“I couldn’t sleep, and so I read, but the novels I was reading only stimulated me more, and I would find myself wandering around the house with rushing fragments of Dickens, Austen or the Brontës whirring in my head. It is tempting to think of this form of insomnia, the inability to fall asleep, as a disease of agency and control, the inability to relinquish high self-reflexive consciousness for the vulnerable, ignorant regions of slumber in which we know not what we do.” — From “Failing to Fall,” one of Siri Hustvedt’s New York Times essays on insomnia.
No Dickens or Austen or the Brontës among the Tower of Currently Reading on the floor beside our futon of late, no—true to Hustvedt’s experience, however, I have been doing a lot of my reading at night. Mostly because I haven’t been doing a lot of sleeping at night.
I refuse to bore you with the specifics of my sleeplessness—including the senseless daydreaming, the pointless wanting, the heavy and heavier pressure on my chest when I see the clock blinking into 2 AM, 3, and to the no-turning-back-now of 4; how at dawn, the sunlight daring to slip through the thinner patches of our curtains, do I first feel the first stirrings of sleepiness. Welcome, Whateverday, fuck you and your loved ones.
Know, however, that when I’ve been curled beneath my thin blankets for two hours, certain that no sleep is coming—I reach for a book, almost any book. I can’t seem to settle, plus my choices have been fuzzy lately, no common denominator but my desire to read something, to have something keep me company in the slow crawl of the night. As evidenced below—from musings on literature, to a compact and dense novella on a house’s history, to anecdotes about the periodic table, to my go-to genre of romance.
Fine, yes, I hesitate to draw any correlation between my inability to relinquish the day—because that’s what I suspect my insomnia truly is—and my odd choice of books lately, but, you know, I will grasp what semblance of reason I can get. [Even if for the purposes of this blog post, haha.] It’s been a pretty eclectic survey of my bookshelves, though I think I should just shrug and ‘fess up that, hell, I think this is pretty representative of my reading tastes. But I’ve never had such a range of subject matter and style in such a short time—I read these near the end of last week and the weekend too.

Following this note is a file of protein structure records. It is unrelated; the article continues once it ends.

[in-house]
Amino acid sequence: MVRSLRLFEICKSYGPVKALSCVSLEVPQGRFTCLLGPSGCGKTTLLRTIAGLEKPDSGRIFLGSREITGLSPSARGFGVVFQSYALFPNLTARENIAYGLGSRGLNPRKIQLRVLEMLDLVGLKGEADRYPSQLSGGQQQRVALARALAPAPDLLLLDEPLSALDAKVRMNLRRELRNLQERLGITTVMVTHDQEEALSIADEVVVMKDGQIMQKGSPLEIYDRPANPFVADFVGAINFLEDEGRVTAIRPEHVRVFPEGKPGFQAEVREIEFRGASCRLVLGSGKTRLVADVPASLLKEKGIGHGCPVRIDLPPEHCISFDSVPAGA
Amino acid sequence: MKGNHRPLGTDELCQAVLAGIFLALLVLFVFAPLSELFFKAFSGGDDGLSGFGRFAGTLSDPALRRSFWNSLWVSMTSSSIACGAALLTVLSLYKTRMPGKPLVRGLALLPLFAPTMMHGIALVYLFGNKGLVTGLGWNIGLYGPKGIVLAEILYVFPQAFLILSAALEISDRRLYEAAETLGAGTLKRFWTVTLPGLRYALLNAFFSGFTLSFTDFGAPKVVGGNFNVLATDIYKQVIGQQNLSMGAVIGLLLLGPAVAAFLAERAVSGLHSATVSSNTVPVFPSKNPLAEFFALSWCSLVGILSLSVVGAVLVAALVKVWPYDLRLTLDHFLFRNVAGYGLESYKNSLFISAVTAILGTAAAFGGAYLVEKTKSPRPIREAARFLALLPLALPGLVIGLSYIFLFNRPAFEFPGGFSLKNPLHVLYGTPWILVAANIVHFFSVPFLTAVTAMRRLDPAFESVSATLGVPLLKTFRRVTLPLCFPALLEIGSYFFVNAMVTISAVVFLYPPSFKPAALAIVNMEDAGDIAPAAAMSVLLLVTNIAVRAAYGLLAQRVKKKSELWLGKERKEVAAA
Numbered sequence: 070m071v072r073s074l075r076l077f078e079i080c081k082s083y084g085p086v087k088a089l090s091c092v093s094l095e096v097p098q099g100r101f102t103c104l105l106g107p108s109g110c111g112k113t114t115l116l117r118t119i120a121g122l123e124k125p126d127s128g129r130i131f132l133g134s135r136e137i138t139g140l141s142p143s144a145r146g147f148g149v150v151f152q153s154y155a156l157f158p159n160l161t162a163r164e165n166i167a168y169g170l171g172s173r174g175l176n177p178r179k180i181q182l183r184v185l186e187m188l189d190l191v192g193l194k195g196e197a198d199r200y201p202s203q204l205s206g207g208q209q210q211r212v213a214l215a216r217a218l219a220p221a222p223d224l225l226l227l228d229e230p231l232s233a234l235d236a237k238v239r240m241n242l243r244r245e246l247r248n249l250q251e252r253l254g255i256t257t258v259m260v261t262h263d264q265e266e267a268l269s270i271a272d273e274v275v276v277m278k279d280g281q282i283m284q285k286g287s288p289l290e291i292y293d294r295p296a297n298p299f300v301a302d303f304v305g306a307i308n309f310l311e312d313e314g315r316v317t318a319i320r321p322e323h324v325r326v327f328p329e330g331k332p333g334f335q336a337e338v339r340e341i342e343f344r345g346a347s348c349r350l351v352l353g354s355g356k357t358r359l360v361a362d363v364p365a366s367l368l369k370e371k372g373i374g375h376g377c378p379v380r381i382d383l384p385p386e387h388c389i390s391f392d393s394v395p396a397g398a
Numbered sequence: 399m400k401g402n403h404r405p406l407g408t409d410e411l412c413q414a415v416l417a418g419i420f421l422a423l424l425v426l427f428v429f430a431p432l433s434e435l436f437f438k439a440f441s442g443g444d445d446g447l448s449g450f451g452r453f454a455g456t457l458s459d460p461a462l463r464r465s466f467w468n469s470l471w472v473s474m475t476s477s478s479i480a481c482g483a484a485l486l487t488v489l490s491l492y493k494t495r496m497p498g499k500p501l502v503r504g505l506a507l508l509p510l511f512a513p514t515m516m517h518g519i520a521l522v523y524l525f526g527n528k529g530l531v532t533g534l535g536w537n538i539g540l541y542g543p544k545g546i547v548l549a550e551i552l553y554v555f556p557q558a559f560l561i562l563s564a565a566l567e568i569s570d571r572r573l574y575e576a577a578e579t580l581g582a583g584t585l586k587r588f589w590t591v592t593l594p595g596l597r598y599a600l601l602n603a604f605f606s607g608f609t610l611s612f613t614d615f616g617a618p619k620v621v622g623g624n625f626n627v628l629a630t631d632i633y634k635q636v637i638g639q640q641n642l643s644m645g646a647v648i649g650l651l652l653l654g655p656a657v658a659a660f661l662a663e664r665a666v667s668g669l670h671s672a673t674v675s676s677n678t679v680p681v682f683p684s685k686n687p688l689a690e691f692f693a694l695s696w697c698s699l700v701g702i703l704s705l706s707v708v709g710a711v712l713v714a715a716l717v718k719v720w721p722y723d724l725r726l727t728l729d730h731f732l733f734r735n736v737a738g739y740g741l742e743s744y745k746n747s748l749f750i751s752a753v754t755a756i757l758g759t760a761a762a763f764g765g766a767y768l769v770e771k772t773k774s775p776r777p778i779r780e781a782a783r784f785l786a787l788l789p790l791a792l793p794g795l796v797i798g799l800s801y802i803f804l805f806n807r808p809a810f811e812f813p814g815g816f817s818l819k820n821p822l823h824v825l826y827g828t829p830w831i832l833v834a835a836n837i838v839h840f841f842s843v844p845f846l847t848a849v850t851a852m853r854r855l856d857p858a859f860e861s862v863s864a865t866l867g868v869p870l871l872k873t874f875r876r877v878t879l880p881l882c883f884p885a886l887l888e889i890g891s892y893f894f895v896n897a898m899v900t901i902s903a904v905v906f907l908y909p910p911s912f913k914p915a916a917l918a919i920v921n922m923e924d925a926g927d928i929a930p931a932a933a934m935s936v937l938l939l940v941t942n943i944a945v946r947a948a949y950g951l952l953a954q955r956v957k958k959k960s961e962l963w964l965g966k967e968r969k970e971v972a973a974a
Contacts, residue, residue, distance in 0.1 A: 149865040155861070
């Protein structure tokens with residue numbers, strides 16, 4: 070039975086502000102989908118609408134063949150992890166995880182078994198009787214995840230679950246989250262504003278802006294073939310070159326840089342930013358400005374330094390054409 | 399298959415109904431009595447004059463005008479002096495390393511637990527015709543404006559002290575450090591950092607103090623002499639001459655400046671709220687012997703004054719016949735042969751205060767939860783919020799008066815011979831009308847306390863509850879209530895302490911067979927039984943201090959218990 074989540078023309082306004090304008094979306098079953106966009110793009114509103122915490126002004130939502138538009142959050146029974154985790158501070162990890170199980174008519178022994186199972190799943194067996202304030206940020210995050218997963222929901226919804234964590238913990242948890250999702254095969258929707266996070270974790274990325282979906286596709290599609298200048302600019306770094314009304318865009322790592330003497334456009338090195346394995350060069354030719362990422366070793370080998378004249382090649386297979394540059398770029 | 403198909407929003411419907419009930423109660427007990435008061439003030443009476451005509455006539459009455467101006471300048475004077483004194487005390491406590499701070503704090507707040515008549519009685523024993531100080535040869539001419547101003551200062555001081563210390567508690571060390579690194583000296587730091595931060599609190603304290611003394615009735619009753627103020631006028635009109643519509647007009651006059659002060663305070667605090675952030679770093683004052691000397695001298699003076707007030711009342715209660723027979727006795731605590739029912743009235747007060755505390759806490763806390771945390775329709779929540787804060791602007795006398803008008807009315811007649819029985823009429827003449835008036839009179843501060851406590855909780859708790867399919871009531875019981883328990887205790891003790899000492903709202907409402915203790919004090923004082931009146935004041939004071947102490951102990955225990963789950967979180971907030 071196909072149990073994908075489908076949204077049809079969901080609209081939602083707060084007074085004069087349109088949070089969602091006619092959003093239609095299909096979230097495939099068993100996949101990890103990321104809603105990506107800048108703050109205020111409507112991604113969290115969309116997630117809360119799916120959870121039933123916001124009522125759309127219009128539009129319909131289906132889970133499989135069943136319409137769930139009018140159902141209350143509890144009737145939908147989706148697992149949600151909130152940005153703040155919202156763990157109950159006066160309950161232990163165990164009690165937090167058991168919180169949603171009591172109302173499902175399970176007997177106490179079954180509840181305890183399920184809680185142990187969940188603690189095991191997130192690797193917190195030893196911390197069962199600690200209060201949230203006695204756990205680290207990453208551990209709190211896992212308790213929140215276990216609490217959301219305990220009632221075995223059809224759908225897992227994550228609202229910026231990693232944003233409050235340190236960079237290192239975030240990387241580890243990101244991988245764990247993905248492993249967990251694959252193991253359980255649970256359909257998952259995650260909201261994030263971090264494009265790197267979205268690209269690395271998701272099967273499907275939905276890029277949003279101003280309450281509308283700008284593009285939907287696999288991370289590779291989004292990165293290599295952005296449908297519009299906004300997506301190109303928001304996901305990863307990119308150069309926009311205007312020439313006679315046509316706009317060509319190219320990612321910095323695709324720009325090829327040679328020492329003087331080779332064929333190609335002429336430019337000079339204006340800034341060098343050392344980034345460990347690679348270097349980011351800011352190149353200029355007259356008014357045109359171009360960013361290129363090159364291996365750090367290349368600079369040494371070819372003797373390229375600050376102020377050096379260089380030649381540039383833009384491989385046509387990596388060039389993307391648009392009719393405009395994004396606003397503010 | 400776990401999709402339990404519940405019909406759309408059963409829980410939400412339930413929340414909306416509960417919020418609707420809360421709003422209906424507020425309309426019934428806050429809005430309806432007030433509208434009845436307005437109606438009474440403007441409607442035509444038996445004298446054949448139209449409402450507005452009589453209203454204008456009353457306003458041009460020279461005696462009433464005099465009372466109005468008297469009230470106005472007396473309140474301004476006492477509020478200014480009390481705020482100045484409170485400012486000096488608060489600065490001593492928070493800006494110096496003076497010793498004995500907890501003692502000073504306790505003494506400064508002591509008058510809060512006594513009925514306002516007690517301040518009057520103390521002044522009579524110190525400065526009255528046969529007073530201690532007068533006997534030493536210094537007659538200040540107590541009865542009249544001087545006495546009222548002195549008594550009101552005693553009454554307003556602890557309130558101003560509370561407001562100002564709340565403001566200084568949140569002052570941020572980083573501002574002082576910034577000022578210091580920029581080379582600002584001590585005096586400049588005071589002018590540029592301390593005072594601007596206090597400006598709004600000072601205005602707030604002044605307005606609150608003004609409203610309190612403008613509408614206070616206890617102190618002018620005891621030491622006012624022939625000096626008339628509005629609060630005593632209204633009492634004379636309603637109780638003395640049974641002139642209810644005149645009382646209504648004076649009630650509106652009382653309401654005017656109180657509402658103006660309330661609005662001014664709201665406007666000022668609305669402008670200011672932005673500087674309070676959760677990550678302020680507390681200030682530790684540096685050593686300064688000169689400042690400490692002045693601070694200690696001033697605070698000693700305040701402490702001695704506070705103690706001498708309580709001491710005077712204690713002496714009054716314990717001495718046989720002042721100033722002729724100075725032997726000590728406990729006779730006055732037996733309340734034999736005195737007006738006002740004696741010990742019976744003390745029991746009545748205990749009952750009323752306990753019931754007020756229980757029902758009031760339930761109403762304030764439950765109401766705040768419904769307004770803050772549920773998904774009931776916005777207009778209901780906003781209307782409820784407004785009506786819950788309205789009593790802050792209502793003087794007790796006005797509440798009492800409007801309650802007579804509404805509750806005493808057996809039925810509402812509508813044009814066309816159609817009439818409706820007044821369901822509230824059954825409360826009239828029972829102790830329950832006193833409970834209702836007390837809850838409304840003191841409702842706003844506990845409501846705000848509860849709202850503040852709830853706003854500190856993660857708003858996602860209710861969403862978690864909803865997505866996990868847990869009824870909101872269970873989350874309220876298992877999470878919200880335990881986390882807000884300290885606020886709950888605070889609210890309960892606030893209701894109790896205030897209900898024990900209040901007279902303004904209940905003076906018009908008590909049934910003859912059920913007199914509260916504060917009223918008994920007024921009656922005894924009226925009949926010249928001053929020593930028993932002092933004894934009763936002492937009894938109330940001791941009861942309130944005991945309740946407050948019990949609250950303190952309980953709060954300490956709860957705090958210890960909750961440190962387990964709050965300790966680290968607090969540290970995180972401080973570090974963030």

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My first Milan Kundera here, with The Curtain: An Essay in Seven Parts. [I am not particularly inclined to read more of him, especially his fiction, meh.] I filched The Curtain from my housemate’s shelves and spent two days with Kundera’s musings on literature, on the novel, on particular novels. A self-prescribed cure for reader’s blog and blogger’s malaise, really—people’s books [or blogs!] about books. I enjoyed it, I guess. But there wasn’t really anything that shook me, nothing that made me think, Yes, that’s exactly what I think about the novel, Mr. Kundera. Perhaps I’d have felt more about this book if I felt more about Kundera himself? We may never know, then. Da-dum.
Next up was Visitation by Jenny Erpenbeck, this slim, odd, deliciously lush book that details the history of a house and its many inhabitants through the years. Yes, it reminded me of a recent read, though Erpenbeck’s prose [translated from the German by Susan Bernofsky] is this dense glorious muck, full of repetition and echoes. The book read like a collection of prose poetry—or, well, a 150-page prose poem. I am in love with this book, and I’m going to need more time to sit on this one; I’ll attempt to talk about this book during the German Literature Month.